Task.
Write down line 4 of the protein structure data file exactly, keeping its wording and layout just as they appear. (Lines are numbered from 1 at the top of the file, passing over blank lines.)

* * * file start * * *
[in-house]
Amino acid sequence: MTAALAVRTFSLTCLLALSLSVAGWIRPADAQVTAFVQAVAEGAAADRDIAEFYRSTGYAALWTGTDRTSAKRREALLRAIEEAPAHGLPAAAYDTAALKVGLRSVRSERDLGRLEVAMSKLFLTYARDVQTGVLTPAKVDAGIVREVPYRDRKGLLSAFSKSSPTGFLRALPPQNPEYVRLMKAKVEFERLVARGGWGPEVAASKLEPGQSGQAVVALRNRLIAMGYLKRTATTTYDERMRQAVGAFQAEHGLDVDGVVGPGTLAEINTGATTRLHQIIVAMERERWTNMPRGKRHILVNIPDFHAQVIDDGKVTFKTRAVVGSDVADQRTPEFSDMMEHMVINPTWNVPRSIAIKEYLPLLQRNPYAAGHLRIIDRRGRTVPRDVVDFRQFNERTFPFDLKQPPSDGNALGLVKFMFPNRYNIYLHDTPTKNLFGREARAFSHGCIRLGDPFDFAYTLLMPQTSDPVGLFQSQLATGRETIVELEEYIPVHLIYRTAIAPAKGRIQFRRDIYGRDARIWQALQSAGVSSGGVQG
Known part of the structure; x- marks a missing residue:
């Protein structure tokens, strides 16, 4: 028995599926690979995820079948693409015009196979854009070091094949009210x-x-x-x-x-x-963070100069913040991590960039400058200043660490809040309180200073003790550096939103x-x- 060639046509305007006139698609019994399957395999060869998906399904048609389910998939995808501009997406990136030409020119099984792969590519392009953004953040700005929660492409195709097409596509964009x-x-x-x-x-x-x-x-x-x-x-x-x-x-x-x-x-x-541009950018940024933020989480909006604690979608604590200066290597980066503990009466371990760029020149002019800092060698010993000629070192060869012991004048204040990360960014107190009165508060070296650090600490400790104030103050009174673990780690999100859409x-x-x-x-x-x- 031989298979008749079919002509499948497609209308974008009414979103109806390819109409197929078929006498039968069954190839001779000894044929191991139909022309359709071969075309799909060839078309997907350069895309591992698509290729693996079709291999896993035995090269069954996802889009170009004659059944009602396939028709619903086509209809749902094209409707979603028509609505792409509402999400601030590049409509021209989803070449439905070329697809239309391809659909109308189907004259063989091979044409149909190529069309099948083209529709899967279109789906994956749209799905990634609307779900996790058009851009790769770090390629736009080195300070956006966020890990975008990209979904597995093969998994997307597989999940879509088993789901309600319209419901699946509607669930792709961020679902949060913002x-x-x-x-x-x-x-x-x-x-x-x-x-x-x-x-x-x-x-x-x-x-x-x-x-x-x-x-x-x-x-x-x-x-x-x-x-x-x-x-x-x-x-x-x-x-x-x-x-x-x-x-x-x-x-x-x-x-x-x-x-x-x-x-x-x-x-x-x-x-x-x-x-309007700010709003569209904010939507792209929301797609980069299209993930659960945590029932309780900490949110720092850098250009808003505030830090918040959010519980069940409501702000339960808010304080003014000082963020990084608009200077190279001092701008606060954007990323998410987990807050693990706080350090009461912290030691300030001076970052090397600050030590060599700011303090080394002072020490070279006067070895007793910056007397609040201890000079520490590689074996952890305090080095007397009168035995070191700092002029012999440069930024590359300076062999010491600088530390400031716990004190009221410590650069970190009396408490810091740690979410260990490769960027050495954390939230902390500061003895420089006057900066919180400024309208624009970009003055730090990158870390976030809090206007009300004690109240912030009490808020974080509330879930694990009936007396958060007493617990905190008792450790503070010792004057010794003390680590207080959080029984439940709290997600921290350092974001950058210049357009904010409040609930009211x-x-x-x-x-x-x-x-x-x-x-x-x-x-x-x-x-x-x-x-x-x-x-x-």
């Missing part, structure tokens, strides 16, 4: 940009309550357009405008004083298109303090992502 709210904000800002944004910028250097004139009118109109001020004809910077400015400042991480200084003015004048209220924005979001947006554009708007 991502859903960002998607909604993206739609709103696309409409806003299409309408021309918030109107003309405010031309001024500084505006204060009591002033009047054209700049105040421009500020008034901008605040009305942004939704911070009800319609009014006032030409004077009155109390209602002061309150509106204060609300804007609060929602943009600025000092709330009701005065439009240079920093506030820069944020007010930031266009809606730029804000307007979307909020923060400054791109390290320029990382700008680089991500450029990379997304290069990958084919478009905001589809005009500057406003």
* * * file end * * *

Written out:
């Protein structure tokens, strides 16, 4: 028995599926690979995820079948693409015009196979854009070091094949009210x-x-x-x-x-x-963070100069913040991590960039400058200043660490809040309180200073003790550096939103x-x- 060639046509305007006139698609019994399957395999060869998906399904048609389910998939995808501009997406990136030409020119099984792969590519392009953004953040700005929660492409195709097409596509964009x-x-x-x-x-x-x-x-x-x-x-x-x-x-x-x-x-x-541009950018940024933020989480909006604690979608604590200066290597980066503990009466371990760029020149002019800092060698010993000629070192060869012991004048204040990360960014107190009165508060070296650090600490400790104030103050009174673990780690999100859409x-x-x-x-x-x- 031989298979008749079919002509499948497609209308974008009414979103109806390819109409197929078929006498039968069954190839001779000894044929191991139909022309359709071969075309799909060839078309997907350069895309591992698509290729693996079709291999896993035995090269069954996802889009170009004659059944009602396939028709619903086509209809749902094209409707979603028509609505792409509402999400601030590049409509021209989803070449439905070329697809239309391809659909109308189907004259063989091979044409149909190529069309099948083209529709899967279109789906994956749209799905990634609307779900996790058009851009790769770090390629736009080195300070956006966020890990975008990209979904597995093969998994997307597989999940879509088993789901309600319209419901699946509607669930792709961020679902949060913002x-x-x-x-x-x-x-x-x-x-x-x-x-x-x-x-x-x-x-x-x-x-x-x-x-x-x-x-x-x-x-x-x-x-x-x-x-x-x-x-x-x-x-x-x-x-x-x-x-x-x-x-x-x-x-x-x-x-x-x-x-x-x-x-x-x-x-x-x-x-x-x-x-309007700010709003569209904010939507792209929301797609980069299209993930659960945590029932309780900490949110720092850098250009808003505030830090918040959010519980069940409501702000339960808010304080003014000082963020990084608009200077190279001092701008606060954007990323998410987990807050693990706080350090009461912290030691300030001076970052090397600050030590060599700011303090080394002072020490070279006067070895007793910056007397609040201890000079520490590689074996952890305090080095007397009168035995070191700092002029012999440069930024590359300076062999010491600088530390400031716990004190009221410590650069970190009396408490810091740690979410260990490769960027050495954390939230902390500061003895420089006057900066919180400024309208624009970009003055730090990158870390976030809090206007009300004690109240912030009490808020974080509330879930694990009936007396958060007493617990905190008792450790503070010792004057010794003390680590207080959080029984439940709290997600921290350092974001950058210049357009904010409040609930009211x-x-x-x-x-x-x-x-x-x-x-x-x-x-x-x-x-x-x-x-x-x-x-x-």